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Patient safety is a tough problem: tough in cultural, technical, clinical and psychological terms and because of its massive scale and heterogeneity.1 Healthcare encompasses many diverse areas: the mostly routine, but sometimes highly unpredictable and hazardous world of surgery, primary care and rehabilitation where patients have established relationships with their doctors over many years, the nature of probability in preventive medicine, some highly organised and ultrasafe processes such as the management of blood products and the inherently unpredictable, constantly changing environment of emergency medicine. In all these areas, error and harm to patients are real possibilities and frequent actualities, although the nature of the harm, its causes, consequences and likely methods of prevention will differ widely according to context.2
It is important to note that an increasing awareness of medical injuries has been paralleled by the rise in technology, and the increasing complexity it causes. The number of different medications for blood pressure, the various approaches and techniques for hip surgery and the multitude of blood tests for diagnosis of infections, all provide infinitely more opportunities for things to go wrong. This is not to say that the patient safety problem is caused by technology, but rather that technology has led to a complex and confusing environment within medicine that requires support systems in order for human beings to provide the correct treatments.
Many industries have made significant advances in safety through the adoption of technology.3 Manufacturing has engaged in the reduction of human personnel through deployment of machine-based systems to produce high-quality goods. In aviation, there has been explicit acknowledgement of the potential for human error and a conscious effort to reduce error through the considered use of technology and automation.4 However, these examples are quite different. The aviation paradigm has been translated to medicine, through the use of simulation, briefings, checklists and team working. All of the above are enablers of the use of technology to enhance workflow, organisation and ‘getting the job done,’ rather than sole implementation of a machine to ‘do the job’ of a human being.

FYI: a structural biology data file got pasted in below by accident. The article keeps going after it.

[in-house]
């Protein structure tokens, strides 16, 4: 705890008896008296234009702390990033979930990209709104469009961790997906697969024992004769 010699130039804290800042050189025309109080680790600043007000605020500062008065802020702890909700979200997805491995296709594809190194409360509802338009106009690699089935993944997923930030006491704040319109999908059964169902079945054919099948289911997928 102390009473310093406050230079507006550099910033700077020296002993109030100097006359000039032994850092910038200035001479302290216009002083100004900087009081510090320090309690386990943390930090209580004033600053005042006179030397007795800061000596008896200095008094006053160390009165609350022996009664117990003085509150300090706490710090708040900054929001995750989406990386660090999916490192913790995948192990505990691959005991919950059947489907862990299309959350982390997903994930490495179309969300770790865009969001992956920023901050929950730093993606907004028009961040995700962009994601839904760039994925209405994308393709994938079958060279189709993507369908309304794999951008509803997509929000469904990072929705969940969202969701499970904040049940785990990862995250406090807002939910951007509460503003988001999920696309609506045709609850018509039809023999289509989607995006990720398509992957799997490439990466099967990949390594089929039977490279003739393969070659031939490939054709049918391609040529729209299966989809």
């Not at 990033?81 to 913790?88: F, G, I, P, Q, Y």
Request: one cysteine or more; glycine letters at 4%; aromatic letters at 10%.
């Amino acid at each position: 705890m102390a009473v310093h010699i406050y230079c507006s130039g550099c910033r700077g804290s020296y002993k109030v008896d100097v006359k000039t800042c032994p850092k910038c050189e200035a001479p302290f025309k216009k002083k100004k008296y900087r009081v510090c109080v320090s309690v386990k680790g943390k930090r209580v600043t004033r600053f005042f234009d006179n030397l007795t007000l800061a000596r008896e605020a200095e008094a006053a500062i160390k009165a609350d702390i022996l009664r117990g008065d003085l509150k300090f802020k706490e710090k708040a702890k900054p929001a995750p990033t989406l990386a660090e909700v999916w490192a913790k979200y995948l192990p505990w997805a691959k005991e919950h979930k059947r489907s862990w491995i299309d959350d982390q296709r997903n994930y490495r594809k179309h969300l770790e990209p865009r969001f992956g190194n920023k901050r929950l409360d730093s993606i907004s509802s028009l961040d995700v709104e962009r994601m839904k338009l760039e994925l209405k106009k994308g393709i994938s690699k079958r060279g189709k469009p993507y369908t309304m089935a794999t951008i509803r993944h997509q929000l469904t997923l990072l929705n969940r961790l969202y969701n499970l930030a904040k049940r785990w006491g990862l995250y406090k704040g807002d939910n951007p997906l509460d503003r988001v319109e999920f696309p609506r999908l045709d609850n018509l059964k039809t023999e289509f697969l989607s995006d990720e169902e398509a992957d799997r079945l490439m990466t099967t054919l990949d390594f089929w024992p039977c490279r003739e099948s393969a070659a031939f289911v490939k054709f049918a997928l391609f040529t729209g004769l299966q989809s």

Every clinical process is supported by numerous other systems and processes, variously dependent on technology. These include specific areas within the hospital environment, such as the role of pharmacies and laboratories in the generation and prevention of errors. The extent to which strict procedures and protocols are feasible or desirable in all facets of healthcare remains to be defined. Some healthcare processes, such as the delivery of medication, are analogous to production lines, and automated robotic systems have enormous potential in terms of efficiency of care, cost reduction and minimisation of error.5 Nonetheless, even these processes necessitate adequate staff and user-training prior to implementation. However, healthcare is a much more ‘hands on’ activity than many other high-risk industries. Healthcare requires skilled interventions, adaptation and flexibility and, most importantly, caring and empathy. Technology can support, but cannot replace human beings. It is crucial that existing as well as new technologies in terms of accuracy, efficiency and standardisation of care processes are not seen to undermine the quality and nature of the care received by patients.